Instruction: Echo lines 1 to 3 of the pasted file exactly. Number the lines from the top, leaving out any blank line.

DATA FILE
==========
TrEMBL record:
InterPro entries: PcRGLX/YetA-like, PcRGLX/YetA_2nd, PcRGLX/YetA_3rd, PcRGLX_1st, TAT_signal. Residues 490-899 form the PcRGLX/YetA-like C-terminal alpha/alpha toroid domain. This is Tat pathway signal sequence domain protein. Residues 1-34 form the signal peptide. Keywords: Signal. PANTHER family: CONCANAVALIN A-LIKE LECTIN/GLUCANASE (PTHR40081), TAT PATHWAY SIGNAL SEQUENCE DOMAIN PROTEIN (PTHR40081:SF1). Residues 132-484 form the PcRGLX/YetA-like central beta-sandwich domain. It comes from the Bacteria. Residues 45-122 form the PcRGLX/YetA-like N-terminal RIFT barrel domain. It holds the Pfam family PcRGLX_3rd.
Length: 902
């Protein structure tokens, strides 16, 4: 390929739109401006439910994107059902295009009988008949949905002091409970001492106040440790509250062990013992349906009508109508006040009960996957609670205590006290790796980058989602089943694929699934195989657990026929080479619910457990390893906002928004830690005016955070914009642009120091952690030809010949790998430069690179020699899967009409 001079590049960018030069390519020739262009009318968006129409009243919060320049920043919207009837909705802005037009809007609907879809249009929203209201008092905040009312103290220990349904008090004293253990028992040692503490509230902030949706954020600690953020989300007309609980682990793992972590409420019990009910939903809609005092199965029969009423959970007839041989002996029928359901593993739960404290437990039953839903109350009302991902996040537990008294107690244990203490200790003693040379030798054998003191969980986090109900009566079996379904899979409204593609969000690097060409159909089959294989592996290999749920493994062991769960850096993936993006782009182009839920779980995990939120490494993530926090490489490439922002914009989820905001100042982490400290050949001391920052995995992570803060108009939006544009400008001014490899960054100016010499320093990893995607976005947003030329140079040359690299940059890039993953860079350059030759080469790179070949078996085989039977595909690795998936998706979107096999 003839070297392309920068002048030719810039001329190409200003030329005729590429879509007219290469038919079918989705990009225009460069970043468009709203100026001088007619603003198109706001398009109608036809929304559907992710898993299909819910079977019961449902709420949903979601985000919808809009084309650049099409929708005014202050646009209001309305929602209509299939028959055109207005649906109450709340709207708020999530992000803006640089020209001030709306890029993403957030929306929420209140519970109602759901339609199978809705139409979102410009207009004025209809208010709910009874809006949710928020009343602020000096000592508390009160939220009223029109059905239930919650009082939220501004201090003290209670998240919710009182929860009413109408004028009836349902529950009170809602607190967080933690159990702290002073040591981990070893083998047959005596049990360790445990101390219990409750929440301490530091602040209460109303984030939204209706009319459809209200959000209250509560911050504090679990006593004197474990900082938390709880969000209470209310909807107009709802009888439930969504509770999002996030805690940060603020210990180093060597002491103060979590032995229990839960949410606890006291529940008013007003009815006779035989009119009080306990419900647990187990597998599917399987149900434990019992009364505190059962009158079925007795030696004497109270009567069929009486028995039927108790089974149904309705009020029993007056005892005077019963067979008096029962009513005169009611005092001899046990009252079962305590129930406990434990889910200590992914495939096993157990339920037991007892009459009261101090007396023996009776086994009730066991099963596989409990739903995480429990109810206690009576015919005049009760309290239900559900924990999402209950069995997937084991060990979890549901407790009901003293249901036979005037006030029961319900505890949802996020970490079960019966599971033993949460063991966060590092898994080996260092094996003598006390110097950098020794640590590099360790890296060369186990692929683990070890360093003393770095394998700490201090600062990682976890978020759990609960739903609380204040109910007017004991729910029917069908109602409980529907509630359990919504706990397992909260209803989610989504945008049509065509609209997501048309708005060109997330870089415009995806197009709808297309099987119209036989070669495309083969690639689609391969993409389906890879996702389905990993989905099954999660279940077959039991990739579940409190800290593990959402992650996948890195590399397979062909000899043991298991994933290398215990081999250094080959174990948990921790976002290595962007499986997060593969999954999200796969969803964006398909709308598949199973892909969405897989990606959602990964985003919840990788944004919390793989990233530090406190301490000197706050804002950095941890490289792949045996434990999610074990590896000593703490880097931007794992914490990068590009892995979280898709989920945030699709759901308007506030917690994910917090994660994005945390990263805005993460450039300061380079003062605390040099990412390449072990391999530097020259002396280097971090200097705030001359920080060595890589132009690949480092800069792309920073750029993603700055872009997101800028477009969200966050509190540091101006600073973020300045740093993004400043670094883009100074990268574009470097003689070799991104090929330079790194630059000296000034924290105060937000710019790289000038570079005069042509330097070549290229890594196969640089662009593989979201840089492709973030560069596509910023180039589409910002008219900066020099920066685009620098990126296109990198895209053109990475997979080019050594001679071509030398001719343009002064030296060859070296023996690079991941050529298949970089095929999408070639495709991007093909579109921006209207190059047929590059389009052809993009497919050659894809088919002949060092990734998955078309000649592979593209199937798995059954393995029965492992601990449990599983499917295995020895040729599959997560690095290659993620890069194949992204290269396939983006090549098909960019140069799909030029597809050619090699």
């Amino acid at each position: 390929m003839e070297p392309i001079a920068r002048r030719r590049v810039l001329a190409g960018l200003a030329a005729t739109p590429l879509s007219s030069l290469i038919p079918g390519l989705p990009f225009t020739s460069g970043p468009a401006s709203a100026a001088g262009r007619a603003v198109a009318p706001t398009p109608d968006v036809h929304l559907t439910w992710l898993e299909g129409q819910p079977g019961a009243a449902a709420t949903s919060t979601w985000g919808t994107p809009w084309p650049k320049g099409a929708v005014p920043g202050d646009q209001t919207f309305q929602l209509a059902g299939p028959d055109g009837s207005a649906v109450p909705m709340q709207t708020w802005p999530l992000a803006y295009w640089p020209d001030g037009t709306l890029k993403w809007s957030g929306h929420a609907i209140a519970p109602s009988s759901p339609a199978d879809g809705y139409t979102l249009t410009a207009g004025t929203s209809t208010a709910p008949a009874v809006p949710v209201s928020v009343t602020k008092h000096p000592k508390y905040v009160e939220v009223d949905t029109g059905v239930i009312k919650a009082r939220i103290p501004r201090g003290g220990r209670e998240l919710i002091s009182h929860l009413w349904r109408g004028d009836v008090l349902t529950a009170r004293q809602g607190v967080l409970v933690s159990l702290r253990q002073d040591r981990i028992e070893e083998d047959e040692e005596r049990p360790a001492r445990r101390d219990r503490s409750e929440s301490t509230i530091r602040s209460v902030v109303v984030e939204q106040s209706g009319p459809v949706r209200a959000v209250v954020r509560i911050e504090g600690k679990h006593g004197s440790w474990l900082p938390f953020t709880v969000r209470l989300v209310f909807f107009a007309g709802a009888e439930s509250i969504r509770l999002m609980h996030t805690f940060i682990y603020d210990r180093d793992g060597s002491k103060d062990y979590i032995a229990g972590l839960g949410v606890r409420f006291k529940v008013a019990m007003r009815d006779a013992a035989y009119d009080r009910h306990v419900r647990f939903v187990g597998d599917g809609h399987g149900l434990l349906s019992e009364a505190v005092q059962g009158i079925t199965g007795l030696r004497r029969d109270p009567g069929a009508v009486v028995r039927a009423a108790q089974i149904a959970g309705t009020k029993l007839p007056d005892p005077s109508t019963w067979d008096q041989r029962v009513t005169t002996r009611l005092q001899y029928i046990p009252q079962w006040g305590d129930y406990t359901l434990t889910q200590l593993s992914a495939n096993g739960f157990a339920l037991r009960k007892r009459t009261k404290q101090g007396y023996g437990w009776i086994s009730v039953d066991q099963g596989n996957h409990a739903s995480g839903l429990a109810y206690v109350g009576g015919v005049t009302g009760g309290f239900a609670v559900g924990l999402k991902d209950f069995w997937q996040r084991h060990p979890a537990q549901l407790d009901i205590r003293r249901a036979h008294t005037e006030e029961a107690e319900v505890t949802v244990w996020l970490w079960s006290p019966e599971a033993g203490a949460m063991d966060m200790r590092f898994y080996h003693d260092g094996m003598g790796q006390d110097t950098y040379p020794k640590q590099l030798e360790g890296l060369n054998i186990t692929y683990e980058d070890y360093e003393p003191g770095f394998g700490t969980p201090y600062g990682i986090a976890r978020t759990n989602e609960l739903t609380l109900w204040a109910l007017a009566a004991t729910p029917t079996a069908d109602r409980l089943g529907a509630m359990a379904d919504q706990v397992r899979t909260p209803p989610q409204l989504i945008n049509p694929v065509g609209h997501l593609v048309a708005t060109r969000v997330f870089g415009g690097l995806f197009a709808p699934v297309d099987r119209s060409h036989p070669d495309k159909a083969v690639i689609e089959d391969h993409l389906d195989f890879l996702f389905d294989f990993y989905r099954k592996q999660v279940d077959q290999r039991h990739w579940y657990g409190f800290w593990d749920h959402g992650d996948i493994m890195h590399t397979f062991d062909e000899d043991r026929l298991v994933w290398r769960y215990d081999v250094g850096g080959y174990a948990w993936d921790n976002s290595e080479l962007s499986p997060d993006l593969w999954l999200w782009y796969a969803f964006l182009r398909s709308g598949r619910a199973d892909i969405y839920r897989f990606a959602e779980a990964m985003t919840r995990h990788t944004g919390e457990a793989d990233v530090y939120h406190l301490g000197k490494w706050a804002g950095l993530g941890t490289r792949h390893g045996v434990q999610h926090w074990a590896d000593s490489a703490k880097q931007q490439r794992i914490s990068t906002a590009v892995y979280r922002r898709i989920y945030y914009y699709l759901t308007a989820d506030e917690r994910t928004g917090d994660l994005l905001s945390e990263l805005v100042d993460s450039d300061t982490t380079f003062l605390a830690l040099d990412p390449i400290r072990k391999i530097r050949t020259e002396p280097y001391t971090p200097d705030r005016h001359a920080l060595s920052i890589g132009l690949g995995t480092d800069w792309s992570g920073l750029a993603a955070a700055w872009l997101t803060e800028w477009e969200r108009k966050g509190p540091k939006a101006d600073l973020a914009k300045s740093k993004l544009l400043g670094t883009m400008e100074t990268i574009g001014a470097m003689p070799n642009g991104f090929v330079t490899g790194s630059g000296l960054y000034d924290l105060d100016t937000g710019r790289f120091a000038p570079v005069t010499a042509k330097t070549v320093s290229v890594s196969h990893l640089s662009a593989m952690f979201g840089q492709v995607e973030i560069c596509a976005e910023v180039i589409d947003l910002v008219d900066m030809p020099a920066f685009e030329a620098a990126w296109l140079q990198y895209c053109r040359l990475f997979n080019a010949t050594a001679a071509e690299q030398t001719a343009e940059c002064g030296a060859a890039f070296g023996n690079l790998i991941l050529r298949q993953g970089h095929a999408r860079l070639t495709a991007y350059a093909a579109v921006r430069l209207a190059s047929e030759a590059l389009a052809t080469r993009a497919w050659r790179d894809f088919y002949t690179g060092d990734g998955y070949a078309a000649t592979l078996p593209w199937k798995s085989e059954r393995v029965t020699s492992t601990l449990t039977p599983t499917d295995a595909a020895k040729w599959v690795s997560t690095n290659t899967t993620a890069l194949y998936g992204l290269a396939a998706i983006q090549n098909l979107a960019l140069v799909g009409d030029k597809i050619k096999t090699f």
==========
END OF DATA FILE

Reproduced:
TrEMBL record:
InterPro entries: PcRGLX/YetA-like, PcRGLX/YetA_2nd, PcRGLX/YetA_3rd, PcRGLX_1st, TAT_signal. Residues 490-899 form the PcRGLX/YetA-like C-terminal alpha/alpha toroid domain. This is Tat pathway signal sequence domain protein. Residues 1-34 form the signal peptide. Keywords: Signal. PANTHER family: CONCANAVALIN A-LIKE LECTIN/GLUCANASE (PTHR40081), TAT PATHWAY SIGNAL SEQUENCE DOMAIN PROTEIN (PTHR40081:SF1). Residues 132-484 form the PcRGLX/YetA-like central beta-sandwich domain. It comes from the Bacteria. Residues 45-122 form the PcRGLX/YetA-like N-terminal RIFT barrel domain. It holds the Pfam family PcRGLX_3rd.
Length: 902